The Court of Appeal has ruled out further litigation on a retrospective resource consent process by Cable Bay Vineyards which has been fighting Auckland Council, the courts and its immediate neighbours since 2017 in a storm of litigation, noise complaints and enforcement issues.

Late last month, Appeals Court judge Mark Cooper declined an application by the major island winery and venue to contest a recent High Court judgment in the Appeals Court.

Much of the company’s case turned on an original 2006 resource consent for the Cable Bay complex, which was not accepted by Judge Cooper.

Cable Bay began operating the winery and hospitality business from the property in 2012. By 2014, an additional lightweight veranda structure had been constructed on the property. This contained a pizza kitchen, bar and seating for guests and was constructed and operated without building or resource consents.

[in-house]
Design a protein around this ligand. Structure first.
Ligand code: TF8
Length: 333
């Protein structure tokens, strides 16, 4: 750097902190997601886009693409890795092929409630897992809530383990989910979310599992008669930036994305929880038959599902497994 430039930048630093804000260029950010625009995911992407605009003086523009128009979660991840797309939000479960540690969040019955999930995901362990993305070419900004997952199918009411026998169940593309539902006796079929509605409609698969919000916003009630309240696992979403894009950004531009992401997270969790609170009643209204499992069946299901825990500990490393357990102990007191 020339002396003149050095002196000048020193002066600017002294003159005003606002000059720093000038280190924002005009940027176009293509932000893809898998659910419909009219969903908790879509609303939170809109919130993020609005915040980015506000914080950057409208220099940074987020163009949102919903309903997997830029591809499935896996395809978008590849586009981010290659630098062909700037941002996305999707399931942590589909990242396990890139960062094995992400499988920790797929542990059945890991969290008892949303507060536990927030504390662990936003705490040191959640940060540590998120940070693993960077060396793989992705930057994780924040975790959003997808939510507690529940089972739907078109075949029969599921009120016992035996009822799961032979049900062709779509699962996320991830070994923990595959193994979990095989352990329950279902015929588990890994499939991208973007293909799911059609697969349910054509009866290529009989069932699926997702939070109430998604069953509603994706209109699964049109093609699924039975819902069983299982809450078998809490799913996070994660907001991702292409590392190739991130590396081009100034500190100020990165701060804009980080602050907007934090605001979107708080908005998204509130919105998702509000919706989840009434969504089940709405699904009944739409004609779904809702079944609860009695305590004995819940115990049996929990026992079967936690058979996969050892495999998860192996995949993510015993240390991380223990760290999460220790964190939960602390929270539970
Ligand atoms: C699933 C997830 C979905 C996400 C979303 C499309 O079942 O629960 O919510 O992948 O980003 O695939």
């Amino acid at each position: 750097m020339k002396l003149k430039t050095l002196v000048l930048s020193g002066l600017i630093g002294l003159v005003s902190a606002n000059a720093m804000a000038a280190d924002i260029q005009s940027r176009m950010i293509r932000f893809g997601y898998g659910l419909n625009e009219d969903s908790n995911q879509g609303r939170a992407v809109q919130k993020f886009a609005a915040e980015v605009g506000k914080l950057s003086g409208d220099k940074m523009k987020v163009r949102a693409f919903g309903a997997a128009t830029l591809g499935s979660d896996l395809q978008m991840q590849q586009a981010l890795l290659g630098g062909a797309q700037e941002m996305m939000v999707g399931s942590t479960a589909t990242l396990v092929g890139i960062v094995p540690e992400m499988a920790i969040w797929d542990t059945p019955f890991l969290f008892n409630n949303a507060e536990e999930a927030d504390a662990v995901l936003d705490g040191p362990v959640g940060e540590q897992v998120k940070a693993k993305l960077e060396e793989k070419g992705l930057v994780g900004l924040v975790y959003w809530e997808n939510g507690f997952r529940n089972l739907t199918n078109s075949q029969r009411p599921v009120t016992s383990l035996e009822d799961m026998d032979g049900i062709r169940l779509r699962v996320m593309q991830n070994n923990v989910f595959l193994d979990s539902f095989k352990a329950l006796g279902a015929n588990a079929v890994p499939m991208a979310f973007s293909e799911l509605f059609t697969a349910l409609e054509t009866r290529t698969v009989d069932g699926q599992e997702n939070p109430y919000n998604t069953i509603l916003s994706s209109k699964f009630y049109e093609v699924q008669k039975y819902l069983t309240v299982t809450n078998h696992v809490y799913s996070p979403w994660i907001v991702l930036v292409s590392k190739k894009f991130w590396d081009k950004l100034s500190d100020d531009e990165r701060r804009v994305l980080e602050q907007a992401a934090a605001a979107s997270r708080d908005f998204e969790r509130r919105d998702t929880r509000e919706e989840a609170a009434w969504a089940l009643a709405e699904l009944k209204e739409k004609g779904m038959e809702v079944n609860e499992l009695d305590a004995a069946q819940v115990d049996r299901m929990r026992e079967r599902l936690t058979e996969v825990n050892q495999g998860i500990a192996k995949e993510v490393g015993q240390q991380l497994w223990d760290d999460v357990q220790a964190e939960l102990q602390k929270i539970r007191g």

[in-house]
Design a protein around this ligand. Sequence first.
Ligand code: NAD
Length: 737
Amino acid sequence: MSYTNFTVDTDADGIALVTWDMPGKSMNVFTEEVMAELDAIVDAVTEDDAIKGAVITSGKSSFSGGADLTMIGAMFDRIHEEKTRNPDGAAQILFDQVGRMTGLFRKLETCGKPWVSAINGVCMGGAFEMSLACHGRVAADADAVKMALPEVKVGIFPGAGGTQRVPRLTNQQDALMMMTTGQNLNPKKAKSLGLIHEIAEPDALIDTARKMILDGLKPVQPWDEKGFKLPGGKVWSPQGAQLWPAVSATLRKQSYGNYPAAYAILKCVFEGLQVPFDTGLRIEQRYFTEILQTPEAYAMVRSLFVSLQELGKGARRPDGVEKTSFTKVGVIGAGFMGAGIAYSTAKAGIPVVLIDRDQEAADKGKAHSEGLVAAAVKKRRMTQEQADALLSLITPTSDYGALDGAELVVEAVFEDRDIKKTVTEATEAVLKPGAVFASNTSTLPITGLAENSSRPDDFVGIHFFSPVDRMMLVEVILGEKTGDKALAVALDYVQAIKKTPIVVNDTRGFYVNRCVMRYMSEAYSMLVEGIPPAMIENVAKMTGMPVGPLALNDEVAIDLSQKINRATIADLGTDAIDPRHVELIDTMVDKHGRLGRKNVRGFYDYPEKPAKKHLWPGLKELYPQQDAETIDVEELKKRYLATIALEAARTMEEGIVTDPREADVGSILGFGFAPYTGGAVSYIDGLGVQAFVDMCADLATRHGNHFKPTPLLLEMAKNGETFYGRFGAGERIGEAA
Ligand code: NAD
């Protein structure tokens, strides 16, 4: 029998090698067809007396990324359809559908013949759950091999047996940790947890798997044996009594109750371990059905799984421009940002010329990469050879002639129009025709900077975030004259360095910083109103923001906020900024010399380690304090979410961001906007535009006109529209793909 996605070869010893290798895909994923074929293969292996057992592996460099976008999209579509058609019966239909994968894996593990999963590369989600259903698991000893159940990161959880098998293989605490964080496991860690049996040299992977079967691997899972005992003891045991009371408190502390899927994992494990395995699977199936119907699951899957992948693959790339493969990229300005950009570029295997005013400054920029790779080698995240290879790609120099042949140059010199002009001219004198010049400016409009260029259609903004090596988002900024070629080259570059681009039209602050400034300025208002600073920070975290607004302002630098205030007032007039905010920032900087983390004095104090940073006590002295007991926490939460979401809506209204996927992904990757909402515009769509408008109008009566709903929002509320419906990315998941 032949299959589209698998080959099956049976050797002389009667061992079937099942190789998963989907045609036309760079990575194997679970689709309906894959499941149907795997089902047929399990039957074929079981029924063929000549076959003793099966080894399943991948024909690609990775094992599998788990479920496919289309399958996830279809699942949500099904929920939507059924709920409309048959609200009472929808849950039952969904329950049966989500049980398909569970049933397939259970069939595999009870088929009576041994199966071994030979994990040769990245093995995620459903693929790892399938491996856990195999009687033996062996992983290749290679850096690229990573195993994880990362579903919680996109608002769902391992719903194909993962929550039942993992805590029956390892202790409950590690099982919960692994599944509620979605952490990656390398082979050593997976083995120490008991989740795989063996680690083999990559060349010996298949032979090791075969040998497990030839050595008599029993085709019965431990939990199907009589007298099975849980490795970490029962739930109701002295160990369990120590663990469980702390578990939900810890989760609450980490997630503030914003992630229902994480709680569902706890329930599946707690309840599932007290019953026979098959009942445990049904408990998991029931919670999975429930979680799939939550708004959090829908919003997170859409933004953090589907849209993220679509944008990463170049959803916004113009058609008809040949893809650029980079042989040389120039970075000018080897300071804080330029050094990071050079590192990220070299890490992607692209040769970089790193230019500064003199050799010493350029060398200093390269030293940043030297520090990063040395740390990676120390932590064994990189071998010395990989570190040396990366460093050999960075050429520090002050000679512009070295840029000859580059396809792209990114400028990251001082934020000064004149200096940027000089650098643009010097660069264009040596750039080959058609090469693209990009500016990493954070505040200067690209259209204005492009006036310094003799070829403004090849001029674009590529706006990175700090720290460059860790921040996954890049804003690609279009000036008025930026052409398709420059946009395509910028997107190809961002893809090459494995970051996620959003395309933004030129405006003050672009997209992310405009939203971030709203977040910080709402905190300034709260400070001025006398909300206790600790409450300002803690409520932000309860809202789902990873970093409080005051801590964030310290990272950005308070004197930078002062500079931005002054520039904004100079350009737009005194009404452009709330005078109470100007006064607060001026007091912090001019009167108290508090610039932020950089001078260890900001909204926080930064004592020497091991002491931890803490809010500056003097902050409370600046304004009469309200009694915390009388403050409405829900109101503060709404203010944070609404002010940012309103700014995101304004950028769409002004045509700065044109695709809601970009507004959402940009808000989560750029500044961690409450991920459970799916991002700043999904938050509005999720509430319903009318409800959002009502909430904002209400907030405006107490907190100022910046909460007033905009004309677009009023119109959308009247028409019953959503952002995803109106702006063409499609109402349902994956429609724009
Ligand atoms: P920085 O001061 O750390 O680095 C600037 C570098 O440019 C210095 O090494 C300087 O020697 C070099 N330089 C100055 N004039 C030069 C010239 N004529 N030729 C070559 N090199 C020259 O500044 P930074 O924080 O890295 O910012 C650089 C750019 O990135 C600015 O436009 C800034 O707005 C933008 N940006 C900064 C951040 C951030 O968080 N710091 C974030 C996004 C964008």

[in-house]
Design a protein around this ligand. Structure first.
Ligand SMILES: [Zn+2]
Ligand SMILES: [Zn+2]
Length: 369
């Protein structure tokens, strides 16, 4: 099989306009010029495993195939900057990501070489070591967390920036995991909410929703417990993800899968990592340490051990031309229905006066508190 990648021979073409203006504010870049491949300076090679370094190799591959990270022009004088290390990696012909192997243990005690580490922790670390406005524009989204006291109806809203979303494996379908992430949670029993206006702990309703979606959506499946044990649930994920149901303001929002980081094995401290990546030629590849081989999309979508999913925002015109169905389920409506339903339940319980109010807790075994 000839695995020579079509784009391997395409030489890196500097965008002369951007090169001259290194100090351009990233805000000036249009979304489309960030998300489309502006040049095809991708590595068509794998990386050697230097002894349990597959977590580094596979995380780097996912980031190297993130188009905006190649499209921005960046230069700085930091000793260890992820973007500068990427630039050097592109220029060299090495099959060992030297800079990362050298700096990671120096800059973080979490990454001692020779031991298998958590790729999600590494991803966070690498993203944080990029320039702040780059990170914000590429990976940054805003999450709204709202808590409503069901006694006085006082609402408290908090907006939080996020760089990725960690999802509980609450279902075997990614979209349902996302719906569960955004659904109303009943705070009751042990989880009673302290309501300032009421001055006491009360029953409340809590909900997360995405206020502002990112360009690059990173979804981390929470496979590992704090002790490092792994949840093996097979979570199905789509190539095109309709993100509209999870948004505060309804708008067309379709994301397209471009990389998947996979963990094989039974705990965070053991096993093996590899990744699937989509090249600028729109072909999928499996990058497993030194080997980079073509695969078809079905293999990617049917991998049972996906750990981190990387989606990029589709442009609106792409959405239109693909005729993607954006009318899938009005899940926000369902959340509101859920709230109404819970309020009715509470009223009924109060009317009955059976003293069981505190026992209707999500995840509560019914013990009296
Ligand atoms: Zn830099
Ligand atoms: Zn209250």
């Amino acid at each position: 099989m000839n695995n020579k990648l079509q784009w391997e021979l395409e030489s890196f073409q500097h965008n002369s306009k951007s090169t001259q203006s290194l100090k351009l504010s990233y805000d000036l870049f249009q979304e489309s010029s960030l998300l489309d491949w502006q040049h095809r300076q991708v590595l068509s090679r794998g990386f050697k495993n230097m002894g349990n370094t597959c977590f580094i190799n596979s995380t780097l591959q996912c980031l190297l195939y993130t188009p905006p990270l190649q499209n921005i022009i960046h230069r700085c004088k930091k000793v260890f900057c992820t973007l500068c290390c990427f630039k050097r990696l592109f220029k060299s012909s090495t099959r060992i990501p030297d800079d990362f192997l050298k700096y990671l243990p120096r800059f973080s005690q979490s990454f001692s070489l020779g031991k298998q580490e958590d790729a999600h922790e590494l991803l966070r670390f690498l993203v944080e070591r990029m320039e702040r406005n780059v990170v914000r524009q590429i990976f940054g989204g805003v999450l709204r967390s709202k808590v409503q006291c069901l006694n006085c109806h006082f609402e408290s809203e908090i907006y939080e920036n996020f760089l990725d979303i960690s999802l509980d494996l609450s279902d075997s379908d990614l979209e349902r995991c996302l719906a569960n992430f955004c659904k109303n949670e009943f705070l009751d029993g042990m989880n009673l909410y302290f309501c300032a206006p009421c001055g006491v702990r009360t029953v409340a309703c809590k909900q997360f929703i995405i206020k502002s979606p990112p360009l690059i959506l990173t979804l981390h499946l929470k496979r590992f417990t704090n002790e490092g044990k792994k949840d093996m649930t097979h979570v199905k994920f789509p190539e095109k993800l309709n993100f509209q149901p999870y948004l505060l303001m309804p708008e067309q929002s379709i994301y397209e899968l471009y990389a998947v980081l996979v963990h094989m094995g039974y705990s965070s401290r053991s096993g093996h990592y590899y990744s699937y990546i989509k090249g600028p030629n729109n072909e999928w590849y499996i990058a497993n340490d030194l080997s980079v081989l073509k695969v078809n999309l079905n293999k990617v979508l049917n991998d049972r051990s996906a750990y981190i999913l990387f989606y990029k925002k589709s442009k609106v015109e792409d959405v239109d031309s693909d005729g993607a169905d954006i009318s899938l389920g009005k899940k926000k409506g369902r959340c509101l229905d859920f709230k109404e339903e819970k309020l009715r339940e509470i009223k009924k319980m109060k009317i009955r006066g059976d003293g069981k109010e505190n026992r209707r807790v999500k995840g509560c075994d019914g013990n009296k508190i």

By 2017, Cable Bay was using three seating bays (with umbrellas) to the south of the veranda for outdoor dining. It was also using the lawn in front of the restaurant and veranda for informal dining, with guests typically using bean bags.

In April 2017, it applied for a retrospective resource consent for the veranda and operation of a restaurant and function facility within it. It would consent to “formalise” outdoor seating for restaurant guests in the outdoor seating bays and consent to use the lawn area for informal dining and drinking.

Auckland Council’s planning commissioners subsequently refused the resource consent application, finding the proposed use had “effects more than minor”, and the company sought retrospective consent from the Environment Court for certain activities that it was carrying out on the 4.5 hectare property where grapes had been grown since the 1990s.

• Liz Waters

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